• With the publishing of the official investigation reports after the lifting of martial law, and the declassification and application of domestic and foreign archives, the tone of the investigations of the February 28 Incident has gradually shifted the from exposing the truth abruptly and fiercely to taking a higher perspective to re-examine the background of the Incident from a political, social, economic and cultural perspective. In addition, a more complete academic discussion based on the international perspectives, historical memories, and the attribution of the responsibility of the incident, was conducted. A macro and rigorous understanding of the February 28 Incident provides a solid foundation for contemporary Taiwan to further discuss transformation justice.
It's For Love, Not Hate – Literature 228
  • The February 28 Incident has long been playing a symbolic role in the literature world, representing the voice of protest against all autocratic dictatorships in postwar Taiwanese political society. It not only depicts the conflict between Taiwanese local residents and mainlanders, also the protest of the most ordinary people against a life shadowed by the white terror.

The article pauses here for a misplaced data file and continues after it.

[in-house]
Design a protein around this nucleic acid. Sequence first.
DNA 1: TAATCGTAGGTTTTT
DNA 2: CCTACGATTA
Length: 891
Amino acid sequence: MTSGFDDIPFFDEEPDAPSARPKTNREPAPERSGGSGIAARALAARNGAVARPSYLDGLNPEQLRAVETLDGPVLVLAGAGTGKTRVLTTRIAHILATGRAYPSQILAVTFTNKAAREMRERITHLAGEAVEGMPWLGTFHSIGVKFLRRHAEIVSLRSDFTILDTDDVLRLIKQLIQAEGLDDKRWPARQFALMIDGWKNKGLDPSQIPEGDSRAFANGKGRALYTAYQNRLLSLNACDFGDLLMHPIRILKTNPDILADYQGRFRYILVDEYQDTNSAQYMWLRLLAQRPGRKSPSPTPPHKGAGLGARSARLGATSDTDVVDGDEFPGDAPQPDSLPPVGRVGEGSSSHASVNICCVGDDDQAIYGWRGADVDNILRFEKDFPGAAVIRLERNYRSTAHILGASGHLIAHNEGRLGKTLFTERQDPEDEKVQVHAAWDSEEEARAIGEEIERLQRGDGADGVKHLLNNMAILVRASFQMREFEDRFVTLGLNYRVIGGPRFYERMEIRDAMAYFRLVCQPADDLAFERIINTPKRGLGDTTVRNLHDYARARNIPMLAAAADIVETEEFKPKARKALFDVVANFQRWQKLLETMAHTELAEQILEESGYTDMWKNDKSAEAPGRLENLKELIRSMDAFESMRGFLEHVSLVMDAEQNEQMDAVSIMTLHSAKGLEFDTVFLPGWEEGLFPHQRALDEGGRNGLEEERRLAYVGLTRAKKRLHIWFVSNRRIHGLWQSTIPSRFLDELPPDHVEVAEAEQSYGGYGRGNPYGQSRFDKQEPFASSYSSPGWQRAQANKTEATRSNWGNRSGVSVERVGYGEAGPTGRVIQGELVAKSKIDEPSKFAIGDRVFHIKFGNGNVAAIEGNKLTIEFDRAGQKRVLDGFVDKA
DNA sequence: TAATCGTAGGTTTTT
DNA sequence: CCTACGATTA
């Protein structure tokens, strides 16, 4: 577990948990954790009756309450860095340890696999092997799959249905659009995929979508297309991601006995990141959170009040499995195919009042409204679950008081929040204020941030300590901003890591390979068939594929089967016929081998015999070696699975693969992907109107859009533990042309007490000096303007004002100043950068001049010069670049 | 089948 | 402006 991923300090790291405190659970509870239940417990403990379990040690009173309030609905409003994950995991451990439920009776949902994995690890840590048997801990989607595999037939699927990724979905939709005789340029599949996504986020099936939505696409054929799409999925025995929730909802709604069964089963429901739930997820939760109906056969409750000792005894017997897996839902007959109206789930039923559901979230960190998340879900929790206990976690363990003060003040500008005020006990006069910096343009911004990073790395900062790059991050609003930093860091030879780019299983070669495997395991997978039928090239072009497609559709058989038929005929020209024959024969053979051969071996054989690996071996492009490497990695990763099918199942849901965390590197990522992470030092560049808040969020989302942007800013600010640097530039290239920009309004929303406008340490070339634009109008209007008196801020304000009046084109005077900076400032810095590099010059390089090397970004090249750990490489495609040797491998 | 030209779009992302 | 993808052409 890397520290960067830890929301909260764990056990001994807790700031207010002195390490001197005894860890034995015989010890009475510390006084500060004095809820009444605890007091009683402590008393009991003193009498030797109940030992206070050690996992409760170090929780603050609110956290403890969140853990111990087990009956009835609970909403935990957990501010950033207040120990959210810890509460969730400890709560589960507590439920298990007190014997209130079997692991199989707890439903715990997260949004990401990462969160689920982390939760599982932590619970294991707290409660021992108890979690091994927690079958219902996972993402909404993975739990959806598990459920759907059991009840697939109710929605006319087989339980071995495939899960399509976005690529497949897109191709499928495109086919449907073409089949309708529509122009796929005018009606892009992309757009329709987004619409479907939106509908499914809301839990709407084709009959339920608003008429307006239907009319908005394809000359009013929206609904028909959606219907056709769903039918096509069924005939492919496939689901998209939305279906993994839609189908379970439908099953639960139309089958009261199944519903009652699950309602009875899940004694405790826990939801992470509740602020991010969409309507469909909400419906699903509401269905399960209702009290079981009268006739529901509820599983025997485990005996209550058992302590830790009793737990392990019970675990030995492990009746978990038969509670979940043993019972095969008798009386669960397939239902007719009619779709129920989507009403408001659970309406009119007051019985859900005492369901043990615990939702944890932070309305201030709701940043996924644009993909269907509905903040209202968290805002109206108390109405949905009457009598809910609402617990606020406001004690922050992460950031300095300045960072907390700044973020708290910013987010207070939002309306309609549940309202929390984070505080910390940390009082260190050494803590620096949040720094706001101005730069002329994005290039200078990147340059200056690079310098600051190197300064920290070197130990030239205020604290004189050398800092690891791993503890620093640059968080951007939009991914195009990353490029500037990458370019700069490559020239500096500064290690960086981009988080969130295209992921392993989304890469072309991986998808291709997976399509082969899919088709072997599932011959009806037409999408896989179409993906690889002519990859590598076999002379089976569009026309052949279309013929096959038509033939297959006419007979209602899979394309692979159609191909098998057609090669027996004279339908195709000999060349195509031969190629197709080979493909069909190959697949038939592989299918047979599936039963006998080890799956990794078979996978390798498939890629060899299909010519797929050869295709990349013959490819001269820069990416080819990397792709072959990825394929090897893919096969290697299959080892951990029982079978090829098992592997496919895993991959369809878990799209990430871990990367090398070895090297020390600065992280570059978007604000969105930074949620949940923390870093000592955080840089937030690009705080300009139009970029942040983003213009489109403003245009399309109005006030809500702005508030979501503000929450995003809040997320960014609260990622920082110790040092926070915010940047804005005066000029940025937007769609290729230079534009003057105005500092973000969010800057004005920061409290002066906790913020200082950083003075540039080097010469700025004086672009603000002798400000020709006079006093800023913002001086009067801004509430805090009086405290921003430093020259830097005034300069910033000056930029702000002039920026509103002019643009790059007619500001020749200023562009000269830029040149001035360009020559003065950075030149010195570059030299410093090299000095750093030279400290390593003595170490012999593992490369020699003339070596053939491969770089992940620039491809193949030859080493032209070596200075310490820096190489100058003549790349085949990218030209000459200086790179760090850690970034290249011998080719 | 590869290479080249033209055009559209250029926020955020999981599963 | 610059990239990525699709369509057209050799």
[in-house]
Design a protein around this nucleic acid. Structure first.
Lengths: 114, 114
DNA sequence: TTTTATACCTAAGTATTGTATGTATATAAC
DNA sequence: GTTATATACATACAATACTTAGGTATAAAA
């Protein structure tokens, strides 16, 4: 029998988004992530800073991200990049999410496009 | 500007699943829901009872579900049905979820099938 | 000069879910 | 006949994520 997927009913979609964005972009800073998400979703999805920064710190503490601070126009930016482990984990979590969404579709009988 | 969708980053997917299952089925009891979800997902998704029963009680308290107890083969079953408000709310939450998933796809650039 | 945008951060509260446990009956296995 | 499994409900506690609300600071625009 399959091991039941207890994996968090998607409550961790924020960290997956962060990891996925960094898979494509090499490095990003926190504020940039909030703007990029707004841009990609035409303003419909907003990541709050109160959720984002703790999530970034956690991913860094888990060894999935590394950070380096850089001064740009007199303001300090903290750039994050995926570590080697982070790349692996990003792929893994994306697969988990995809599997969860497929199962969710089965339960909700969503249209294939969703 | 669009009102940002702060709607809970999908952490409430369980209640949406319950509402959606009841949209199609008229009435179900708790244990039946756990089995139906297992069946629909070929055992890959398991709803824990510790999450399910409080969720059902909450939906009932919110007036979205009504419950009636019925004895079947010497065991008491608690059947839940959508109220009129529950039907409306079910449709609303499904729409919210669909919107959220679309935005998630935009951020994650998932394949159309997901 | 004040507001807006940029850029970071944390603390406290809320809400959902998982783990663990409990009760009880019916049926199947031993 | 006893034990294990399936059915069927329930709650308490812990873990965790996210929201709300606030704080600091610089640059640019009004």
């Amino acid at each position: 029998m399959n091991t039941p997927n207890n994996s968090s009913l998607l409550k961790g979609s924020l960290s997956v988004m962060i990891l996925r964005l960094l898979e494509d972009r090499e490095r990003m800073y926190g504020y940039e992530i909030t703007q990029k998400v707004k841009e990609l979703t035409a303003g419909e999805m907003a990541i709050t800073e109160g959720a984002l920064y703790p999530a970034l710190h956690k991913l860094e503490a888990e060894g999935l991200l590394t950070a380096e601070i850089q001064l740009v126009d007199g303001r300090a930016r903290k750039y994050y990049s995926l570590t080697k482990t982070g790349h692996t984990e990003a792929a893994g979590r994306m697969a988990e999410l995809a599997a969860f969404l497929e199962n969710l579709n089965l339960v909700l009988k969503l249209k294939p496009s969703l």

• The reason of the February 28 Incident became a literary subject, which has been told repeatedly for more than half a century, is because of its significance as a literary symbol that even far exceeds how the historical event itself was recognized. Today when we discuss the theme of the February 28 Incident in literature, we have to place this phenomenon in the midst of the interaction between the social-historical environment and the literature to actually see the transcendence of literature over historical events that further became a classic topic of Taiwanese literature.